“Women should focus on their strengths”
“You will never be perfect – this is the precondition of a work-life-balance. Second, you have to be very well organized and have a talent for improvisation. And third, women need to take themselves seriously and invest in their education.”
This is how Ute Schaeffer, DW’s Editor-in-Chief for Regionalized Content summarizes her success formula for managing her private and her professional life.
Schaeffer, born in 1968 and a mother of three, does not care for stereotypes about women or men. She laughs when she remembers how, after being appointed DW Editor-in- Chief in November 2011, male colleagues confronted her with their expectations about her style of leadership and management as a woman.
“I don’t take it too seriously as I myself don’t differentiate between a female form of management and a male form. I think I was selected because of my experience as a professional journalist working for DW for decades, also internationally, and it was due to my proficiency that I was chosen.”
Women should focus on their strengths, Schaeffer says.
“I think that girls often experience that they are part of a social system where they have to take responsibility for their families. I often feel that women have the capacity to look at situations from, let’s say, a bird’s perspective – they are able to get an overview of a situation quickly. I would also consider as a big strength that women take relationships – in business life, too – very seriously.”
A big weakness for women is networking – something that men do very intensively.
“Men have a very strong network (of contacts) and they maintain it. They see it in a very efficient and pragmatic way. They ask themselves, ‘What can I do for other people and what will I get out of it?'”
Sometimes, though, women tend to put others before themselves. Schaeffer finds the answers unfortunate that she gets when she asks women around the age of 35 where they see themselves in 5 years’ time. “Many of them answer … I see my family there and there, the education of my children, etc. But that doesn’t answer my question,” says Schaeffer.
Schaeffer believes there should be more women in positions of leadership. But when it comes to the implementation of a quota system for women in German companies and institutions, she is divided. “After discussing the issue for the past 5 or 10 years, we still haven’t seen any results. But maybe it would be worth considering implementing a quota because the noncommittal agreement to hire more women alone has not lead to a situation where we have more women in high positions.”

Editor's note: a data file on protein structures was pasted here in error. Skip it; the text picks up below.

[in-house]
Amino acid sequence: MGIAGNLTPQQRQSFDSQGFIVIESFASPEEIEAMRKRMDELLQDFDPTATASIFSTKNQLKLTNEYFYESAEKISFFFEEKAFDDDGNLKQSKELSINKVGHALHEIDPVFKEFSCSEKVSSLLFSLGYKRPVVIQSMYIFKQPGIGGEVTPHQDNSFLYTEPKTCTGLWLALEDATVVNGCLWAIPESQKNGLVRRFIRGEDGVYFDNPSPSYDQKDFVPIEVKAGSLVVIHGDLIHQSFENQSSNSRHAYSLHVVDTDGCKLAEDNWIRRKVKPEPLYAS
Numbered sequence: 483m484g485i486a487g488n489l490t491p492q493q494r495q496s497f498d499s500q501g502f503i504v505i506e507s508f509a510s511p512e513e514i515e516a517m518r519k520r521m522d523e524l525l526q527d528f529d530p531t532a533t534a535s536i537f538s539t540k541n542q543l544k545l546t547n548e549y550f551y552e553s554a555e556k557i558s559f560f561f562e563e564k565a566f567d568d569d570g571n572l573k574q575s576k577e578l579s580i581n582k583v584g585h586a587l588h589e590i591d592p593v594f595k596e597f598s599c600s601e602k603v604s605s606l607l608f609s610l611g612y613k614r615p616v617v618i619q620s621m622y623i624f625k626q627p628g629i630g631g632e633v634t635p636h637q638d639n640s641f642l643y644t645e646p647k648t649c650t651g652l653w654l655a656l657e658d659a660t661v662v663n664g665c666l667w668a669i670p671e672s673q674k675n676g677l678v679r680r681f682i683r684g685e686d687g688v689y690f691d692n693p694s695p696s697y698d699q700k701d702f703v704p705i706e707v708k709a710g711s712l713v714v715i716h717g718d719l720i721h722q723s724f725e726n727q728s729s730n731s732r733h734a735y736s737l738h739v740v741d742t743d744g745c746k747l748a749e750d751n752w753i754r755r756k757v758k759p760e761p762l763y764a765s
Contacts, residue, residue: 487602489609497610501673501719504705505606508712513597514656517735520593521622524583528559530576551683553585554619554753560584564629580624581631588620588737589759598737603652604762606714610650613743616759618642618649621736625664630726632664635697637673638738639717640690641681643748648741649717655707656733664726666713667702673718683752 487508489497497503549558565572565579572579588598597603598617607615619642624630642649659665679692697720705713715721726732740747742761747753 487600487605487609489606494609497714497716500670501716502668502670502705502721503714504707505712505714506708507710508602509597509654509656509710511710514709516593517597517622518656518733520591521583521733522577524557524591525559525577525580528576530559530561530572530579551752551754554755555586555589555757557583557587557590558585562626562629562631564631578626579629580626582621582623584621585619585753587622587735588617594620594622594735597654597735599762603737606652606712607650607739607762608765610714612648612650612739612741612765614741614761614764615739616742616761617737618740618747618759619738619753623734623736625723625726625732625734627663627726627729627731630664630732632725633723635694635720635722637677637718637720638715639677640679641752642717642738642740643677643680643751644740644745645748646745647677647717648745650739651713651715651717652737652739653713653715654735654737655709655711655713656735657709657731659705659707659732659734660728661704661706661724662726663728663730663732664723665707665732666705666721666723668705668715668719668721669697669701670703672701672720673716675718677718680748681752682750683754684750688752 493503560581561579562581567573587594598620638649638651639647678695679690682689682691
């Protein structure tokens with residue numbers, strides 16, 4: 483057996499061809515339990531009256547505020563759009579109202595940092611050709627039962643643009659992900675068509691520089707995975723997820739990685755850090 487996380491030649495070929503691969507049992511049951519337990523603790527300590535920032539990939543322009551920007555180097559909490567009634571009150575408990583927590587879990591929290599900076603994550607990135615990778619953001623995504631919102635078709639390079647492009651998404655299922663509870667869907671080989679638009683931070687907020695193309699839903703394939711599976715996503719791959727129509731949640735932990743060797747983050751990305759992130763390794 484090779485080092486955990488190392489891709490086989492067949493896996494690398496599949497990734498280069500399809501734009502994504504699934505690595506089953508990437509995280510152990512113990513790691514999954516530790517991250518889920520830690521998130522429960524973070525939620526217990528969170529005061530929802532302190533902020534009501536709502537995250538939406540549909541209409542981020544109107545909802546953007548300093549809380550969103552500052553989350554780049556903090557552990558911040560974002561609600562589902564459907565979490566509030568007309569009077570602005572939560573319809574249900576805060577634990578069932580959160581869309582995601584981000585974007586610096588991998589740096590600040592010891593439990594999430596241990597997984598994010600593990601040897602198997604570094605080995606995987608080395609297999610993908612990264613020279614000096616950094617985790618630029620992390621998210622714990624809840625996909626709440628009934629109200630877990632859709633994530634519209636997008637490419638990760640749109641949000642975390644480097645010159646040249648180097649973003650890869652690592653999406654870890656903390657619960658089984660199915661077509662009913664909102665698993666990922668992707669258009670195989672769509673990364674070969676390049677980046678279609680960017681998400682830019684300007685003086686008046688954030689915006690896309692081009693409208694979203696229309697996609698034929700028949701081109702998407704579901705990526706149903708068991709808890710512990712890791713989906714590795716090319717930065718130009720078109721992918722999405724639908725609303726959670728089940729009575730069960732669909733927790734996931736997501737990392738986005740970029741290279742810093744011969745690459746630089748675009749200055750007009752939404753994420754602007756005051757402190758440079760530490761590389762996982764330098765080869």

Balancing work and family life
Recalling her own career path, Schaeffer talks about her studies and how she learned to balance work and family life at an early age.
“First, I always sustained myself. Even when I was studying I was never dependant on any money from my parents. I had my first child at the age of 21. At the time, I was in the middle of my studies and my husband too. We made a deal: We wanted to have the child, but we both wanted to have a degree in the end, too. So we both spent half a year each at home.” Schaeffer studied art history, history, romance philology and comparative literature in Trier and Bonn.
She joined DW’s central editorial department in 1995 and supported her family while her husband was still going through university. “My husband started working a bit later because he studied medicine, so he spent more time at university. So it was my salary that fed the family at first.”
Concerning the opportunity of become the Editor-in-Chief of DW – a position that offers huge responsibilities and little free time, Schaeffer admits that it was important for her to get the consent of her husband. “I told my husband he should know that he would be alone at home a lot and asked if that was ok with him. ‘You can say no and then we can make another decision together,’ I told him.”
Education is the key
Before assuming her new position, Ute Schaeffer was head of DW’s Africa / Middle East programs. She still enjoys travelling to Africa, a continent with which she feels a very strong connection. The 1000’s of stories from women she gathered during her travels there are inspiring. “The worst story was that of Mama Louise in Eastern Congo. She was some 45 or 50 years old and told me about the culture of violence in the civil war and after in the Democratic Republic of Congo.”
And then there was Evelyn, a child soldier’s widow, whom Schaeffer met in a refugee camp in Gulu, Northern Uganda. “She was kidnapped by the rebels of the Lord`s Resistance Army when she was 14. She returned (home) when she was 20. She could not read or write and she was deeply traumatized. One of her children was killed and she had to look after two of her children plus two neighbor children, whose mother was being held as a slave for the rebels. That all put me in a mode of resignation as I could not see a perspective for this poor woman – nothing on which she could build a future. She will be completely dependant for the rest of her life.”
But it also gave her inspiration to hear the incredible stories of these strong women. It made her realize one should never take anything for granted. And it also confirmed her conviction that a solid education is the key to make it in the world, especially for women. “We really need to understand how lucky we are to have this opportunity.”
Author: Priya Esselborn
Editor: Sarah Berning
Date16.04.2012 | 14:52